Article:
The boss wanted to ask the coach a question, but the Brazilian did not understand anything for not speaking English. Pepe then called his son and assistant, Pepinho, to help him. "Dad, he said he can hire Guardiola and wants to know if you accept ”, he translated.
Seventeen years later, the story still amuses Pepe, 84. “How could I not accept the Guardiola signing? ”, He asks, then burst out laughing.
For almost two years, the then veteran Spanish midfielder played in Qatar. Al-Ahli was his penultimate club before he started his coaching career and became one of the hottest in history.
Guardiola has been signing football from Qatar with his head in the past. From a time when sheiks and billionaires owned by teams were more concerned with the next outcome than with the future of the country's sport.
“There was a game in which the sheikhs who owned two clubs bet $ 1 million on which team would win. Mine won and I scored a goal, ”said striker Serginho, formerCorinthians, To Folha in 2003. He acted for Al Sadd, who disputed the last Club World Cup in the country.
It was that year that Romario also signed with Al Sadd. He played only three times, didn't score a goal and returned to Brazil with US $ 1.5 million (R $ 6 million in current values) from the contract.
Then, other popular strikers passed by, but already on the downward curve of their career. Argentine Gabriel Batistuta confessed to accepting an offer from Al-Arabi, despite constant knee pains, because of irrefutable money.
“The Brazilians in Qatar used to joke that they (the leaders) planted a rose bush in the backyard and oil came out,” recalls Pepe. It was competition between them, not just in football. So they hired whoever they wanted. . "
The South American influence in shaping the taste of Qatari for football is in the coaches of the country. There have been 37 to date, and 10 have been Brazilian.
“When I first arrived in Qatar in 2007, the players had other jobs, it was a semi-professional sport. Over the years, they have been investing more in training and creating a long-term vision ”, says Sebastião Lazaroni, coach of the Brazilian national team in the 1990 World Cup and responsible for the Qatari team from 2011 to 2012.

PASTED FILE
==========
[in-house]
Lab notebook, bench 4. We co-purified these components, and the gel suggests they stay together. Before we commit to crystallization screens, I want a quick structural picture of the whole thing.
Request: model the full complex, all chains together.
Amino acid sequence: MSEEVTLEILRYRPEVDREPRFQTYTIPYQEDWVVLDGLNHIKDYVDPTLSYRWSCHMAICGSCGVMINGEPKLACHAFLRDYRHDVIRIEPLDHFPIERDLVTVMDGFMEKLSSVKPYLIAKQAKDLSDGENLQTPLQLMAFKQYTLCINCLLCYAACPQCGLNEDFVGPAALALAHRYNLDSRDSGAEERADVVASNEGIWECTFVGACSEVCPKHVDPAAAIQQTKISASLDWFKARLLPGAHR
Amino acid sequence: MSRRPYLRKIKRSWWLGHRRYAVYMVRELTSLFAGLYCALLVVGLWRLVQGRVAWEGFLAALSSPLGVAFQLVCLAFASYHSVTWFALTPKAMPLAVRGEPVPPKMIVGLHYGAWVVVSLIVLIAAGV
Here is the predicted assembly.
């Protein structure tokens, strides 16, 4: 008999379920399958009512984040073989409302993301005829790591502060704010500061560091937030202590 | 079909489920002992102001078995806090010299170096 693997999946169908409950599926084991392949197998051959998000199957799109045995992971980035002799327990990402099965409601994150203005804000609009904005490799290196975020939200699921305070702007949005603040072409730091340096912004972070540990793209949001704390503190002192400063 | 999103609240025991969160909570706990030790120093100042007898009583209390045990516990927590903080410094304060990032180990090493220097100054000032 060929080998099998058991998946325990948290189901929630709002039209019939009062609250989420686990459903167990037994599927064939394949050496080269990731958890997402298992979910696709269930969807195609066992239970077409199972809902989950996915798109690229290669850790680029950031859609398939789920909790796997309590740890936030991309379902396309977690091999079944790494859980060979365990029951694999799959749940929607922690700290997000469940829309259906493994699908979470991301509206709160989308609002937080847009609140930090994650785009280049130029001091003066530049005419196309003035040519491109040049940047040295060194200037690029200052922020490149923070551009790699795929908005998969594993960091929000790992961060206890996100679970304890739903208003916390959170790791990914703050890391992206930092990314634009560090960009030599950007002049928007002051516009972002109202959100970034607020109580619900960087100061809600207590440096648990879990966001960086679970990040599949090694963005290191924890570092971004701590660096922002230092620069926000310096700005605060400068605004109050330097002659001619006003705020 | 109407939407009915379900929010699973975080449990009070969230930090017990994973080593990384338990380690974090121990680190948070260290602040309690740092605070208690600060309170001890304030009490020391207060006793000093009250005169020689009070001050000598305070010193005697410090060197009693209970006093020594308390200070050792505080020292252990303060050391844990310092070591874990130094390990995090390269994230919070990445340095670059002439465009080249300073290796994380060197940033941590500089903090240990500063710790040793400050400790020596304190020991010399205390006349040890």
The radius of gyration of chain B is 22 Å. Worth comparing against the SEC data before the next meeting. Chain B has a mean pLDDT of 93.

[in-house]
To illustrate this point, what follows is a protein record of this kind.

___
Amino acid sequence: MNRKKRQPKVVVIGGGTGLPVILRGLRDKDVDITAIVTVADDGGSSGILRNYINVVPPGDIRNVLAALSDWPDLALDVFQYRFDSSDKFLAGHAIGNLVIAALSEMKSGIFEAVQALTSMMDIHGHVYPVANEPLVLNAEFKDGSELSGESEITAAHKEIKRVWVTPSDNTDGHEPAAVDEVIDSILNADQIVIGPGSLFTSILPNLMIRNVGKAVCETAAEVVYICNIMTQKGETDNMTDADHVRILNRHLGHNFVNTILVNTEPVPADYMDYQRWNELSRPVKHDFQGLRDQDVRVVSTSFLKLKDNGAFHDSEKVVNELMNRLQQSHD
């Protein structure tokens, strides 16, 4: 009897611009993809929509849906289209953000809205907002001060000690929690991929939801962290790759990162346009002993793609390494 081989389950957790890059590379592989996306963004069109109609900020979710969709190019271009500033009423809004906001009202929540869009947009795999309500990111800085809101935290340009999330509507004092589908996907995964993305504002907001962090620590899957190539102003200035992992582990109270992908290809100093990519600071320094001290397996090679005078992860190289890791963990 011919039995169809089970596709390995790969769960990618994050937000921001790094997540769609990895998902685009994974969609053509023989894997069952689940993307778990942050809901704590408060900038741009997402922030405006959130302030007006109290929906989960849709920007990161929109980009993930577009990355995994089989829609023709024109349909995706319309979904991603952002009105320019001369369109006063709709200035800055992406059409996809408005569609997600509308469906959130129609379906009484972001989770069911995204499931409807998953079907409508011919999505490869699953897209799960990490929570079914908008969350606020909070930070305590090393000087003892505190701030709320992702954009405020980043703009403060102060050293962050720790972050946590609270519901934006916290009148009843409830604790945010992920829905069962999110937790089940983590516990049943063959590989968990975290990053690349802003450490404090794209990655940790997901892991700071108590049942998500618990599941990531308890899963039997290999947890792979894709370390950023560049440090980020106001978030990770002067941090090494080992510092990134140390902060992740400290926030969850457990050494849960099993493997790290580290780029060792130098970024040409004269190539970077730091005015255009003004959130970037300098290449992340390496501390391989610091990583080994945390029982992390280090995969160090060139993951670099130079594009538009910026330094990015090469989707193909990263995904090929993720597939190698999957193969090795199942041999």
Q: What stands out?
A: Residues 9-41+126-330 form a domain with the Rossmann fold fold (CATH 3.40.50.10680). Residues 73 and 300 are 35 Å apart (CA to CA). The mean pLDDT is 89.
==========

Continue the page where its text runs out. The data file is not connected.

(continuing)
“They have always loved our football and the Brazilians. The country's royal family loves football ”, agrees Evaristo de Macedo, who directed the team three times in the 1980s and 1990s.
Their view is that Qatar abandoned the immediate sheikh results and betting formula as of 2010, when it was chosen as the seat of the 2022 World Cup. But long-term work predates that.
“There was a moment in the middle of the past decade when they started to create centers of excellence so that they started to train more players and be more professional,” says Lazaroni.
The biggest symbol of this was the opening, in 2005, of the Aspire academy, a center for the development of athletes and education in Doha. The most promising children in football identified in fields and schools across the country, from the age of 8, are prepared to enter Aspire at 12.
The academy complex is next to Khalifa Stadium, the stage that hosted the final of the Club World Cup between Liverpool and Flamengo.
The country's national team won the Asian Cup of Nations, held in the United Arab Emirates, for the first time last year. Its position in the FIFA ranking went from 112º, in 2010, to 55º.
Thanks to sponsorship from Qatar Airways (which belongs to the royal family) Conmebol, the country was invited to participate in the 2019 Copa America, in Brazil. He drew with Paraguay and lost to Argentina and Colombia, but without being beaten.
In recent times, the focus of local football officials has shifted from Brazil to Spain. Coach Félix Sánchez Bas, trained at the base of Barcelona, arrived at Aspire in 2006 to coordinate the development of the sport in the country. He went through the under-19 and under-23 teams before reaching the main in 2017.
Xavi, Barcelona's historic midfielder, is also part of the project. Hired in 2015 by Al Sadd, he arrived at the club with the project to become the coach and ask for growth in national football. This happened in May last year.
"If there is this vision of amateurism in football in Qatar, forget it, that is in the past," says Lazaroni. "Their plan can work, and if it does, Brazilians can say they contributed to it," says Pepe.
. (tagsToTranslate) qatar (t) world cup (t) sheet